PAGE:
Metal injection molding (MIM) works well for high-volume production of small, complex medical device parts of consistent quality.
Steve Santoro, Micro
Demand for small, lightweight, high-strength, complex-shaped components is growing across industries today, from automotive, consumer electronics, aerospace and defense to orthodontics and medical devices.
Traditional machining and injection molding each has its pros and cons in producing components for medical devices, especially where parts may be smaller and require more maneuverability. Metal injection molding (MIM) is a hybrid technology that integrates the shaping capability of plastic injection molding and the materials flexibility of conventional powder metallurgy. Material selection, part size, volume and tolerance are all instrumental factors in the decision-making process.
MIM is a process like plastic injection molding but with metal feedstock. Powdered metal feedstock is processed at high temperature and pressure to effectively and efficiently produce small, precision, high-performing parts in large quantities. This proven technology yields high-quality mechanical properties and excellent strength, ductility, and magnetic response. It’s ideal for creating components with more sophisticated shapes and small, highly precise parts with unique geometries for surgical instruments, artificial joints and pacemakers.
When using injection molding, it’s important to remember not all feedstocks and processes are equivalent. For optimal mechanical properties, high density and small dimensional variation, it’s critical to obtain consistent shrinkage and diffusion of organic binders and surfactants from the metal matrix. Poor diffusion increases the voids in the metal matrix by trapping gas, and the lower density will dramatically reduce the strength of the part.
Due to the flexibility of MIM technology, it’s possible to customize material compositions according to the specific attributes required by customers. Some of the compositions are stainless steels, low alloy steels, carbon steels, Ni-alloys, tool steels and tungsten alloys.
MIM is preferred for mass manufacturing of small, intricate geometric components of a variety of materials, as it can achieve 95% to 98% of its theoretical density at a much lower cost than comparable machined components.
MIM is well-suited to automation in producing large quantities with consistent quality. Machining typically requires longer cycle times and is thus better suited for lower production volumes requiring complex shapes with tighter tolerances. Finishing operations with MIM are quite minimal by comparison so long as the application has less critical tolerances. Although there’s an initial capital investment in creating the MIM mold, this cost can quickly be recovered when amortized over high-volume runs.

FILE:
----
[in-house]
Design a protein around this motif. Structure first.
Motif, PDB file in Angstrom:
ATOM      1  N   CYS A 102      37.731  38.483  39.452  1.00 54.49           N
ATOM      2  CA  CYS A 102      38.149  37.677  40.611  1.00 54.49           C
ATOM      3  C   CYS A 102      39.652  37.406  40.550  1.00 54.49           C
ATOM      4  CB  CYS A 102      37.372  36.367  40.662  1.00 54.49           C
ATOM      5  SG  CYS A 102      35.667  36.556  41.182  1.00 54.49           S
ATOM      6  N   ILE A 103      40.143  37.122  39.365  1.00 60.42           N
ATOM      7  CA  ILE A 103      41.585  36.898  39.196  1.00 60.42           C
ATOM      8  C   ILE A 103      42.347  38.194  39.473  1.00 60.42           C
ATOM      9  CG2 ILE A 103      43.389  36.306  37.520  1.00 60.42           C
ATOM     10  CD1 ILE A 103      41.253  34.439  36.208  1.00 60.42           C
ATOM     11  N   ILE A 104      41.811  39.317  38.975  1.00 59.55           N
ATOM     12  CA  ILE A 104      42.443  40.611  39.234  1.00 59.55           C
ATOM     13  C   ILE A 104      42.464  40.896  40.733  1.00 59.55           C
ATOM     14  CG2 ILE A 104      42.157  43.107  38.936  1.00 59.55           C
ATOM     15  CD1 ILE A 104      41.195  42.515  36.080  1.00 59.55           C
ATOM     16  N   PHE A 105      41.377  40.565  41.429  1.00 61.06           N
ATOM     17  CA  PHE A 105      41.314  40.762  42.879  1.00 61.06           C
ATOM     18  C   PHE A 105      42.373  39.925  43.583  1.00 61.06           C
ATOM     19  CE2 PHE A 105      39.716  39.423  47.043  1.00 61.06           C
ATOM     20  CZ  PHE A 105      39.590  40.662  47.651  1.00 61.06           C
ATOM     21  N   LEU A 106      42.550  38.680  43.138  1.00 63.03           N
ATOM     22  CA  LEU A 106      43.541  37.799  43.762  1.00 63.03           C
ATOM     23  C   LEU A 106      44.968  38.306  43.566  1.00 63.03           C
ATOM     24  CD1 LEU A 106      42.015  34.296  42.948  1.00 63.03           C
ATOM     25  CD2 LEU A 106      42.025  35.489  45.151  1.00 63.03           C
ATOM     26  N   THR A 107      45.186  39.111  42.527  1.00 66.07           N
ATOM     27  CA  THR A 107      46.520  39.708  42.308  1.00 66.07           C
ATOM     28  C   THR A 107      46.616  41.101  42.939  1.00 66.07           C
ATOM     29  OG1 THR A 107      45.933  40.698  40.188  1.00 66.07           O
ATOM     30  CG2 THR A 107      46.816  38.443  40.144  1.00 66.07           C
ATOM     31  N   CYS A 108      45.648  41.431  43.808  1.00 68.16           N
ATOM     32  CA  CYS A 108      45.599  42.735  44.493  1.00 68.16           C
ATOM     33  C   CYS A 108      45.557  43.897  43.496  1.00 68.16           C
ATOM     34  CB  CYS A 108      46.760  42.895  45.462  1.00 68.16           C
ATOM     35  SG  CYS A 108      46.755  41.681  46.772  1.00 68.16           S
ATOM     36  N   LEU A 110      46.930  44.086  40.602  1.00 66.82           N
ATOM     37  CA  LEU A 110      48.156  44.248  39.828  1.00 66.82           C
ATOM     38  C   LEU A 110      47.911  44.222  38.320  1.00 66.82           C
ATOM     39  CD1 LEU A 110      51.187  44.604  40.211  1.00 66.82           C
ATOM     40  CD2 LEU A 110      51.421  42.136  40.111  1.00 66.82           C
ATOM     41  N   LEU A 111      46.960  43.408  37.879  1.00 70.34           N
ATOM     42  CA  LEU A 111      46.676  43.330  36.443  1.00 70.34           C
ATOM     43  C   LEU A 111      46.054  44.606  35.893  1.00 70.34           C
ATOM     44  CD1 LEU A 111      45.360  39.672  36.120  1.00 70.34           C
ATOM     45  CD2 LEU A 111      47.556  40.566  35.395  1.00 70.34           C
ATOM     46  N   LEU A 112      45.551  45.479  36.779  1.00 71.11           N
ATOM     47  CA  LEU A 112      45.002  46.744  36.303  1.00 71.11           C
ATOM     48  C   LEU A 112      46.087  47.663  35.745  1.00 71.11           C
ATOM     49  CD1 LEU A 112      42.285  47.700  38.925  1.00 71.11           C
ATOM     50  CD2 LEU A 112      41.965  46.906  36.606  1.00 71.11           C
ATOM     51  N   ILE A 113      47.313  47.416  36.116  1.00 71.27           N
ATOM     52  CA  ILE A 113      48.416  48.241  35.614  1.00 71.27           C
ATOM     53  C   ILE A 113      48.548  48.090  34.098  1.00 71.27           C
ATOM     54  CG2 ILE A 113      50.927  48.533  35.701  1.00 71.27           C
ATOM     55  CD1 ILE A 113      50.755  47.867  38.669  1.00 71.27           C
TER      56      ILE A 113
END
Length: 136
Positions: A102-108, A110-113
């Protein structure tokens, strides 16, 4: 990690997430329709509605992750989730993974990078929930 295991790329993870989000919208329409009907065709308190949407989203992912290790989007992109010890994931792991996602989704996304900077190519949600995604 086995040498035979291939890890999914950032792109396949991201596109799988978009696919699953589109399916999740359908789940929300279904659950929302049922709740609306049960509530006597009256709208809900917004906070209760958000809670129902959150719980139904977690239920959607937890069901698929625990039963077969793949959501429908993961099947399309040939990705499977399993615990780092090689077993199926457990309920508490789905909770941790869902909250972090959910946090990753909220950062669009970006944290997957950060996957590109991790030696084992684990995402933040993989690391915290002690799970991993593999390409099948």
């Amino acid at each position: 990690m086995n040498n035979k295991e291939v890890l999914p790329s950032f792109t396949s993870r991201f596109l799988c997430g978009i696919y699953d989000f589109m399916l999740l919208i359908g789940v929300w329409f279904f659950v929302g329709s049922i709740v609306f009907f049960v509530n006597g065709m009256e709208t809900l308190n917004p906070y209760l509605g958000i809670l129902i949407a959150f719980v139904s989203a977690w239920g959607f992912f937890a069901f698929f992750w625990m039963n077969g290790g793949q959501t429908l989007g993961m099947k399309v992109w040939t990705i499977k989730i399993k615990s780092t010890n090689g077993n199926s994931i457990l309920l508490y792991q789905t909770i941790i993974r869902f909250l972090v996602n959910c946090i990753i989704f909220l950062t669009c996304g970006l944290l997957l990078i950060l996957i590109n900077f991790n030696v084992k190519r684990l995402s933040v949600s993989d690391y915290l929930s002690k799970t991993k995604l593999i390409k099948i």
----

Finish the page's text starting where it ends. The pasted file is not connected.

Expected tolerances range from +/- 2% to less than 0.4%, depending on feature size. The larger the feature, the larger the tolerance due to the propagation of error in shrinkage. Shrinkage generally ranges from 15% to 18% during sintering. Therefore, the larger the feature, the larger the propagation of error. One other phenomenon that affects expected outcomes is non-isotropic. There will be more shrinkage in the vertical direction because of gravity. The least shrinkage will occur in the longest lengthwise direction due to drag forces between the workpiece and the furnace furniture.
MIM is ideal for producing intricately shaped parts for complex components as well as parts that require assembly. The same is true for high-production of small precision parts with complicated design geometry. The process lends itself to automation in which high volumes and consistent quality are required. MIM technology is also the best viable process for producing miniature parts economically.
Companies that specialize in MIM technology and machining should work alongside engineers to address development early on. Engineers with expertise in both processes can suggest design modifications and provide input to get the best performance out of a product no matter what technique is ultimately used. While you can certainly switch operations midstream, factoring in design considerations upfront can save time and costs.
Steve Santoro is EVP of medical device contract manufacturer Micro, responsible for directing corporate technical and commercial teams. He previously held high-level operations, sales, engineering and general management positions, and was recently appointed a charter board member of the School of Applied and Engineering Technology at the New Jersey Institute of Technology.
The opinions expressed in this blog post are the author’s only and do not necessarily reflect those of Medical Design and Outsourcing or its employees.